COLUMBIA, SC (WIS) - It's become known as the Nobel Prize for public service. The Jefferson Awards are a prestigious national recognition system honoring community champions for their achievements and contributions.
Past winners include Barbara Bush, Oprah Winfrey, and Peyton Manning. Now a South Carolinian will be added to the list.
The letter nominating Rosalyn Moses called her a "one woman show who's a quiet hero."
When you meet Moses, you can tell she keeps it real. It's one of the reasons she's making such an impact on her students through her weekly empowerment group called "This is Girl Power!"
The girls engage in real talk about everything from healthy relationships to self-esteem.
Helping children and adults work through those kinds of emotions is a big part of what Moses does as executive director of the Family Resource Center. They provide counseling and other services for victims of rape and child sexual trauma.
Moses has a heart for helping victims because she understands their pain.
"Having been a survivor of childhood sexual abuse and as an adult a survivor of rape and a teen mom, which are all the things we do at the Family Resource Center, having experienced all of those things when I walk into a room, when I sit with a survivor, when I'm at the hospital in the middle of the night with a woman who's been raped, I understand," said Moses.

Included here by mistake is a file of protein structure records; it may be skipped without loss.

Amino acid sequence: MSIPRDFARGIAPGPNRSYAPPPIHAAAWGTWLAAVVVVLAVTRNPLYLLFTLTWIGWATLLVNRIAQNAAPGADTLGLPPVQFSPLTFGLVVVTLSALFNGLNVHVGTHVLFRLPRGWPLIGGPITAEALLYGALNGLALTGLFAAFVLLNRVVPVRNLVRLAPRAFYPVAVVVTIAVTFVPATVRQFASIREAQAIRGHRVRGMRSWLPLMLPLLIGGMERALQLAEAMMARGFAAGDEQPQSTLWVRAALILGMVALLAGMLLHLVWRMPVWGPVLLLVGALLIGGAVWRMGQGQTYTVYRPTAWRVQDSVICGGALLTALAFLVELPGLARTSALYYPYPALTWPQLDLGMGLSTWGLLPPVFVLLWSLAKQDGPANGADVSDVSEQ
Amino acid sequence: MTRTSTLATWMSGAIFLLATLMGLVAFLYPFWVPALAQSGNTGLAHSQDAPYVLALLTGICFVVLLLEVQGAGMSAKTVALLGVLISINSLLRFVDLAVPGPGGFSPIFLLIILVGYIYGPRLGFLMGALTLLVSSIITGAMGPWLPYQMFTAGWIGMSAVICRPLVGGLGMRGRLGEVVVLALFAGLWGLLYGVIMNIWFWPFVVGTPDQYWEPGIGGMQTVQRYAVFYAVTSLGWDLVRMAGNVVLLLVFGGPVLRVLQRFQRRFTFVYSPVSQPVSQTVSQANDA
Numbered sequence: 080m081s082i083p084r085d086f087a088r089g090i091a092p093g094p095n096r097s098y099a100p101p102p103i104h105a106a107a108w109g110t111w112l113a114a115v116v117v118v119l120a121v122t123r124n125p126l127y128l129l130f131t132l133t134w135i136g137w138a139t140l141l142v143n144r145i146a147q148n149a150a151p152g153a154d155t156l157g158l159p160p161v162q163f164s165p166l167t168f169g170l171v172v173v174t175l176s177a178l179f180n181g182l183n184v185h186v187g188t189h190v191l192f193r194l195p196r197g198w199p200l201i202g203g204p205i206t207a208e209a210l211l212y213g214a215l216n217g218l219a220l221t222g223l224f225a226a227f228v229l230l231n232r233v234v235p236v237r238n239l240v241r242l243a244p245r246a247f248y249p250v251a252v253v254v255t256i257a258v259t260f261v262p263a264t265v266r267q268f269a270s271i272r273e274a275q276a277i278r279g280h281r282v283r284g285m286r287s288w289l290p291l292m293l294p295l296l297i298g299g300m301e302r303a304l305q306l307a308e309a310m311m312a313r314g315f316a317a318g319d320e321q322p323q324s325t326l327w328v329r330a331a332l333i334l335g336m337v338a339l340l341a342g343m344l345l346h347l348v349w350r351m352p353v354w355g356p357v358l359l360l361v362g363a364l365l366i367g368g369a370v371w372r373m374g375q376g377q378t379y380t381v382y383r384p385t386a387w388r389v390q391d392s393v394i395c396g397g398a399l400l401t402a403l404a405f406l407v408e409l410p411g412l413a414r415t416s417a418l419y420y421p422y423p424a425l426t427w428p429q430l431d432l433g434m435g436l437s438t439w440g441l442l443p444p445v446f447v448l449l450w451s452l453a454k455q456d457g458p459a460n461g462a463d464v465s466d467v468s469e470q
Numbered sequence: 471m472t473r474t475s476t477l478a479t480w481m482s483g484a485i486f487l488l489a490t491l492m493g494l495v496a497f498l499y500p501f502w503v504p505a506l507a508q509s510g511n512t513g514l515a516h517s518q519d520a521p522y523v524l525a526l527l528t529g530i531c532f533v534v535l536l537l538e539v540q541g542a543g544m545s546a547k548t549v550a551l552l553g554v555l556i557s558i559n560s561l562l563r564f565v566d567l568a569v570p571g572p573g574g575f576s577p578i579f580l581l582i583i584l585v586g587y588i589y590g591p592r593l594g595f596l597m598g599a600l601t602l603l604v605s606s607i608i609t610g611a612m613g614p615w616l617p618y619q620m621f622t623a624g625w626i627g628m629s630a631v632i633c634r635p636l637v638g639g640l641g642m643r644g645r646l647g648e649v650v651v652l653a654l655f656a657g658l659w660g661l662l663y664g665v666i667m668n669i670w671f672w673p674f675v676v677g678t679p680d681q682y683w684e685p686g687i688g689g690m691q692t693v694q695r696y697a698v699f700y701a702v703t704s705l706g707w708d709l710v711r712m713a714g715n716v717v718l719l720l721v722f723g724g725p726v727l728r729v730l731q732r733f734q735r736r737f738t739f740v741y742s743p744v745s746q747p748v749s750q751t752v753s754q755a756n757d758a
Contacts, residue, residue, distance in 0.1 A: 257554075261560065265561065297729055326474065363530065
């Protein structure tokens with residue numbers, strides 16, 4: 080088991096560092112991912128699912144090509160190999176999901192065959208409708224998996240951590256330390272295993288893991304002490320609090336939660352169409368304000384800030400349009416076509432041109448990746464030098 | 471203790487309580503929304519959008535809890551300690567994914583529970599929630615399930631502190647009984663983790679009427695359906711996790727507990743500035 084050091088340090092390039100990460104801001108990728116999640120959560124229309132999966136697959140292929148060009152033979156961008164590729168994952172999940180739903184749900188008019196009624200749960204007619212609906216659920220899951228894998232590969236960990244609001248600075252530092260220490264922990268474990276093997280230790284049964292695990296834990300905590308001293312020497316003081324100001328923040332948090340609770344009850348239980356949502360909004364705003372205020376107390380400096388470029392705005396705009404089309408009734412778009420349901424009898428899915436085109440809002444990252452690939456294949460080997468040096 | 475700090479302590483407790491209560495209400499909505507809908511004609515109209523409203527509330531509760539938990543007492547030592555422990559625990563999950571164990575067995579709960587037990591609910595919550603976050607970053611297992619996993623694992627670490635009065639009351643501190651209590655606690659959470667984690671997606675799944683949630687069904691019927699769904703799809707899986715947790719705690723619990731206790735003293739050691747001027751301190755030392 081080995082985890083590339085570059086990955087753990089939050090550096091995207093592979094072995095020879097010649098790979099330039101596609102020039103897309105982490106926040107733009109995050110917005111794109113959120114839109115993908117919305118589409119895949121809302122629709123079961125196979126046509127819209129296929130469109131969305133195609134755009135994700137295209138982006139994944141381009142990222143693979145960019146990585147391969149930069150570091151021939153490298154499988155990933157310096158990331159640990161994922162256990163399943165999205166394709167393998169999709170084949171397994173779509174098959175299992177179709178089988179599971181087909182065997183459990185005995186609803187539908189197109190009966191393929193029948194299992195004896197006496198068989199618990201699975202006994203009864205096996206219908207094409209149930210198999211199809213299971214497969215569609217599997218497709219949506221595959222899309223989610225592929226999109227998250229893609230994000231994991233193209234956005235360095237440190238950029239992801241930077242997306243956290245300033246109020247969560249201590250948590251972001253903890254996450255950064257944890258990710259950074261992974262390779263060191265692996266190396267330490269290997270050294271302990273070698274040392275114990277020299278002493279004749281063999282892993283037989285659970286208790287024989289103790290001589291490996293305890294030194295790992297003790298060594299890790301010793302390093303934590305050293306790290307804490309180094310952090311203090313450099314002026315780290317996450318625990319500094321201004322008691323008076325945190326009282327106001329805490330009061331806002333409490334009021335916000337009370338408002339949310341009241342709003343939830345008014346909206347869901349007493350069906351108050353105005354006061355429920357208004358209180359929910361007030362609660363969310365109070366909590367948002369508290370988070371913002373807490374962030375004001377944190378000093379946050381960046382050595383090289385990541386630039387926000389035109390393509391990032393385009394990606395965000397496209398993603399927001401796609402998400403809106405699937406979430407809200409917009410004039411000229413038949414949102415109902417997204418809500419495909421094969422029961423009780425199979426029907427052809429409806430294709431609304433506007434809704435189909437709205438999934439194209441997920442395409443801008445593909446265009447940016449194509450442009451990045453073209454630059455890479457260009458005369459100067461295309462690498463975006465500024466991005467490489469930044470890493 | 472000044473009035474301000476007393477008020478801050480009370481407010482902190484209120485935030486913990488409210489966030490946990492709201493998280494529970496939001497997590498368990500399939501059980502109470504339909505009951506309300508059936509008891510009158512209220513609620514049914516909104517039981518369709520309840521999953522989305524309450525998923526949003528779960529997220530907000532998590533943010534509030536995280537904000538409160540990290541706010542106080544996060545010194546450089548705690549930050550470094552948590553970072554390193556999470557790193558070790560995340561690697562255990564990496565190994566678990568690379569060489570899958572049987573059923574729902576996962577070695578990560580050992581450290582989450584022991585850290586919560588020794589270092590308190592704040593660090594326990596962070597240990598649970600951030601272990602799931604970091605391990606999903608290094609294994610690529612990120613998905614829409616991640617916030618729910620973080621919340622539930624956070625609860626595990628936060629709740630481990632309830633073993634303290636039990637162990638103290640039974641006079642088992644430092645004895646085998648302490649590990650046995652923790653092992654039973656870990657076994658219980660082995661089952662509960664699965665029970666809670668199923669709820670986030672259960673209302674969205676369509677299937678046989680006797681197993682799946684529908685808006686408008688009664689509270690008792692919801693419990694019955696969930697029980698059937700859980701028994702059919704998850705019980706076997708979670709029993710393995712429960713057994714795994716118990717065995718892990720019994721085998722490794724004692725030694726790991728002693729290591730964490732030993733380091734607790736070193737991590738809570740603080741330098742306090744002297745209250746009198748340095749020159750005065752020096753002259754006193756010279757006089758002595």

Moses first came to the FRC 21 years ago as a volunteer. Board member and mentor Dr. Althea Truitt says this agency represents Moses' identity.
"Rosalyn had all these qualities with her and the mission of this agency brought them out, the mission of the agency demanded what Rosalyn had to give," said Truitt.
To many, the demands of this job would be overwhelming, but Moses has a way of meeting victims where they are.
"I try my very best to be what they need in that moment, whatever that is," said Moses. "Whether it's a hand to hold, comforting word, and it's humbling to be able to walk on that journey with them."
Moses is a living testimony of "getting beyond it", but there are days that take her back.
"I can remember doing a presentation at a school and a child disclosed while I was doing the program, then afterwards we talked about what had happened to her. It sounded like my story. And so immediately, there came this wave of heat over me and I kinda, I stood still and I remember looking at her and thinking. 'Oh, my goodness,' but quickly, I jumped into but now you can affect change," said Moses.
That's why prevention programs like Girl Power are so important. It helps to make sure the girls grow up to be strong, smart women and understand they don't ever have to be a victim.